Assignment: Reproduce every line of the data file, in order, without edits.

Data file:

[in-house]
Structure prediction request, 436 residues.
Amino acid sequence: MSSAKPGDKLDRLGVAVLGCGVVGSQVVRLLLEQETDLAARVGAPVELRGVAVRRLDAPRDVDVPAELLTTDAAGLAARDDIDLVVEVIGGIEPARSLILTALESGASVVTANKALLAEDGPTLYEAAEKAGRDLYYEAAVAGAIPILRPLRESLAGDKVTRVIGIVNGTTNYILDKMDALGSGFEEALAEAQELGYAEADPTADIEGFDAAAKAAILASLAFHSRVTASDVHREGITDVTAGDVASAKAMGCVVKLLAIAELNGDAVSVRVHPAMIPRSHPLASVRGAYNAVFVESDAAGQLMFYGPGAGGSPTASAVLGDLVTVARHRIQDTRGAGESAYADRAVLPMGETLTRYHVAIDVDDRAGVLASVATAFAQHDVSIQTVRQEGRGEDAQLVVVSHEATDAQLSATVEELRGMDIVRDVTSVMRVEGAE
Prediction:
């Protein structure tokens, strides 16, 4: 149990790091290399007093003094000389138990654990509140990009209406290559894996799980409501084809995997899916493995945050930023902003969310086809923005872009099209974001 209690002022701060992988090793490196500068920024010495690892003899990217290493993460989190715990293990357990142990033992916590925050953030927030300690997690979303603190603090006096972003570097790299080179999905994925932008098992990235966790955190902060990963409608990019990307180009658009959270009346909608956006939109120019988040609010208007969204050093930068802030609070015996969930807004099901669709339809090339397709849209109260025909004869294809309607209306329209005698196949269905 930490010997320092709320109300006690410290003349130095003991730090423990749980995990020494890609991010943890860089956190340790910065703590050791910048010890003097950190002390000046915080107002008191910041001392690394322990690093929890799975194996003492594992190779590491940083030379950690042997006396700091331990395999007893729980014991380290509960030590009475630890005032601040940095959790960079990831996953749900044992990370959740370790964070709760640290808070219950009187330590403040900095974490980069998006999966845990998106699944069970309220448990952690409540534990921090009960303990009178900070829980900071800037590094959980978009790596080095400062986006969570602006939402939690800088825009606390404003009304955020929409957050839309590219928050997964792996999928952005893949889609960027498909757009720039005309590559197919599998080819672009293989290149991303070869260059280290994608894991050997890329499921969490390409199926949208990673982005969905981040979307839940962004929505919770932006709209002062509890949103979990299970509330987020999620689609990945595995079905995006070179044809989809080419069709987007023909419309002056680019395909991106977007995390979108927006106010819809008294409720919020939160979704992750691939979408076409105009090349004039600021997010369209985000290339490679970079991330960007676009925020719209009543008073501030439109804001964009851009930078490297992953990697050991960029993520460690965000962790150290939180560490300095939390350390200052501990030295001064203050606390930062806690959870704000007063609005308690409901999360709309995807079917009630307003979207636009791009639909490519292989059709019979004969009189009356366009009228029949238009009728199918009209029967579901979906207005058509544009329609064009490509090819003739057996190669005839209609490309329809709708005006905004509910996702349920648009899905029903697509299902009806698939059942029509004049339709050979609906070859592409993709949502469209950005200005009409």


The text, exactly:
[in-house]
Structure prediction request, 436 residues.
Amino acid sequence: MSSAKPGDKLDRLGVAVLGCGVVGSQVVRLLLEQETDLAARVGAPVELRGVAVRRLDAPRDVDVPAELLTTDAAGLAARDDIDLVVEVIGGIEPARSLILTALESGASVVTANKALLAEDGPTLYEAAEKAGRDLYYEAAVAGAIPILRPLRESLAGDKVTRVIGIVNGTTNYILDKMDALGSGFEEALAEAQELGYAEADPTADIEGFDAAAKAAILASLAFHSRVTASDVHREGITDVTAGDVASAKAMGCVVKLLAIAELNGDAVSVRVHPAMIPRSHPLASVRGAYNAVFVESDAAGQLMFYGPGAGGSPTASAVLGDLVTVARHRIQDTRGAGESAYADRAVLPMGETLTRYHVAIDVDDRAGVLASVATAFAQHDVSIQTVRQEGRGEDAQLVVVSHEATDAQLSATVEELRGMDIVRDVTSVMRVEGAE
Prediction:
């Protein structure tokens, strides 16, 4: 149990790091290399007093003094000389138990654990509140990009209406290559894996799980409501084809995997899916493995945050930023902003969310086809923005872009099209974001 209690002022701060992988090793490196500068920024010495690892003899990217290493993460989190715990293990357990142990033992916590925050953030927030300690997690979303603190603090006096972003570097790299080179999905994925932008098992990235966790955190902060990963409608990019990307180009658009959270009346909608956006939109120019988040609010208007969204050093930068802030609070015996969930807004099901669709339809090339397709849209109260025909004869294809309607209306329209005698196949269905 930490010997320092709320109300006690410290003349130095003991730090423990749980995990020494890609991010943890860089956190340790910065703590050791910048010890003097950190002390000046915080107002008191910041001392690394322990690093929890799975194996003492594992190779590491940083030379950690042997006396700091331990395999007893729980014991380290509960030590009475630890005032601040940095959790960079990831996953749900044992990370959740370790964070709760640290808070219950009187330590403040900095974490980069998006999966845990998106699944069970309220448990952690409540534990921090009960303990009178900070829980900071800037590094959980978009790596080095400062986006969570602006939402939690800088825009606390404003009304955020929409957050839309590219928050997964792996999928952005893949889609960027498909757009720039005309590559197919599998080819672009293989290149991303070869260059280290994608894991050997890329499921969490390409199926949208990673982005969905981040979307839940962004929505919770932006709209002062509890949103979990299970509330987020999620689609990945595995079905995006070179044809989809080419069709987007023909419309002056680019395909991106977007995390979108927006106010819809008294409720919020939160979704992750691939979408076409105009090349004039600021997010369209985000290339490679970079991330960007676009925020719209009543008073501030439109804001964009851009930078490297992953990697050991960029993520460690965000962790150290939180560490300095939390350390200052501990030295001064203050606390930062806690959870704000007063609005308690409901999360709309995807079917009630307003979207636009791009639909490519292989059709019979004969009189009356366009009228029949238009009728199918009209029967579901979906207005058509544009329609064009490509090819003739057996190669005839209609490309329809709708005006905004509910996702349920648009899905029903697509299902009806698939059942029509004049339709050979609906070859592409993709949502469209950005200005009409």